For many young people and those with newly acquired Canadian citizenship, October 19th will be the first time they have the opportunity to exercise their democratic right by casting a vote in a federal election. As first-timers, many of these people may not be aware of the time they are entitled to take, as an elector.
On Election Day, employers have a responsibility to ensure that their standard working hours do not intersect with their employees’ right to having three consecutive hours to cast their vote, as prescribed by the Canada Elections Act.
Section 132 of the Act states that,
Every employee who is an elector is entitled, during voting hours on polling day, to have three consecutive hours for the purpose of casting his or her vote and, if his or her hours of work do not allow for those three consecutive hours, his or her employer shall allow the time for voting that is necessary to provide those three consecutive hours.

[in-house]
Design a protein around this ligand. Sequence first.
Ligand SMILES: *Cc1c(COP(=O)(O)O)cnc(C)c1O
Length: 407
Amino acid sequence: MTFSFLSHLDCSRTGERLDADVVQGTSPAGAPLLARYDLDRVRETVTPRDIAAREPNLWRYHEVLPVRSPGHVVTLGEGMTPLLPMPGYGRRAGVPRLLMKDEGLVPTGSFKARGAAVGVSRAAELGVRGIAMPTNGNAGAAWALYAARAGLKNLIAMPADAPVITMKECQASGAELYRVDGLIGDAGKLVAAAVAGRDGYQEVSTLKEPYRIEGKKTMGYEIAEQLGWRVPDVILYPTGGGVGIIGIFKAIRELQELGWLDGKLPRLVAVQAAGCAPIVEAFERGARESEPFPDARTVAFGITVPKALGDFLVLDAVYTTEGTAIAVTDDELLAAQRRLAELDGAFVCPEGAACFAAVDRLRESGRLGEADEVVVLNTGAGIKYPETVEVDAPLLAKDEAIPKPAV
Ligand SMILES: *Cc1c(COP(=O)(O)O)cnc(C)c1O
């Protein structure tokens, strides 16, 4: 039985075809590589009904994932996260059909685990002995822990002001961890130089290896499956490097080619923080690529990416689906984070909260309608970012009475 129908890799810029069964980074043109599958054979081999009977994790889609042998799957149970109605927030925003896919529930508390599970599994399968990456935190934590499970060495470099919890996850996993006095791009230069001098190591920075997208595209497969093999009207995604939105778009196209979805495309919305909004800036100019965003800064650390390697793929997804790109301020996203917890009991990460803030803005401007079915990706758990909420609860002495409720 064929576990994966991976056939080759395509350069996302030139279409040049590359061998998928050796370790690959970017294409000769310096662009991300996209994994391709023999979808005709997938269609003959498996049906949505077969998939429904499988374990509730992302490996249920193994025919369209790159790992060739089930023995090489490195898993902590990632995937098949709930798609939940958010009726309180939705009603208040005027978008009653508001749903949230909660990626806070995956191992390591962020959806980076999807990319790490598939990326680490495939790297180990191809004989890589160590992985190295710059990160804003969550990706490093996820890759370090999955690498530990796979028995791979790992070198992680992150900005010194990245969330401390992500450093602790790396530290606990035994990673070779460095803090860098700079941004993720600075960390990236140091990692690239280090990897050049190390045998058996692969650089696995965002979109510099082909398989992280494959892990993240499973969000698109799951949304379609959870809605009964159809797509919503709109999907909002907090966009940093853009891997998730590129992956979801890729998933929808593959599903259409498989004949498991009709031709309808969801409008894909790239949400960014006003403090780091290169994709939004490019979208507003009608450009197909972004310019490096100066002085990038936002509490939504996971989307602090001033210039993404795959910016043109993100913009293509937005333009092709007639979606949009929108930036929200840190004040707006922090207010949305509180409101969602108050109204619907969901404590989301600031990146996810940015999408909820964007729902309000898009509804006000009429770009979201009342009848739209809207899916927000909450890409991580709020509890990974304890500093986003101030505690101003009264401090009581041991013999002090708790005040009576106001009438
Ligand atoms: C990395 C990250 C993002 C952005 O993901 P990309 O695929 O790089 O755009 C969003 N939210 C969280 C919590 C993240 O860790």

In other words, if polling stations are open until 8:30 pm, and your employee is finished work at 5:30 pm, then he or she would have 3 hours to vote during their own time. But, if they face a one hour commute home to their polling station after work, then they are left with two hours to vote – meaning the employee may request to leave an hour early.
That said, interns – when compared to employees – hold an ambiguous position within the Canada Elections Act (among other Acts and regulations), despite multiple politicians pushing to have employment standards for interns more clearly defined at the federal and provincial level.
While significant progress has been made in terms of ensuring fairness and equity for interns in the workplace, the question remains: do interns get time off work to vote?
The short answer is yes. Although there is still work to be done regarding interns’ employment rights, most policy makers and employers have subscribed to the notion that, “When in doubt, treat an intern as an employee,” which is a good mantra to maintain to avoid any potential risks.
Interns bring substantial value to their roles as they build towards a promising career; it seems only fair to allow for the small amount of time required for them to cast their vote in the hopes of building a better country.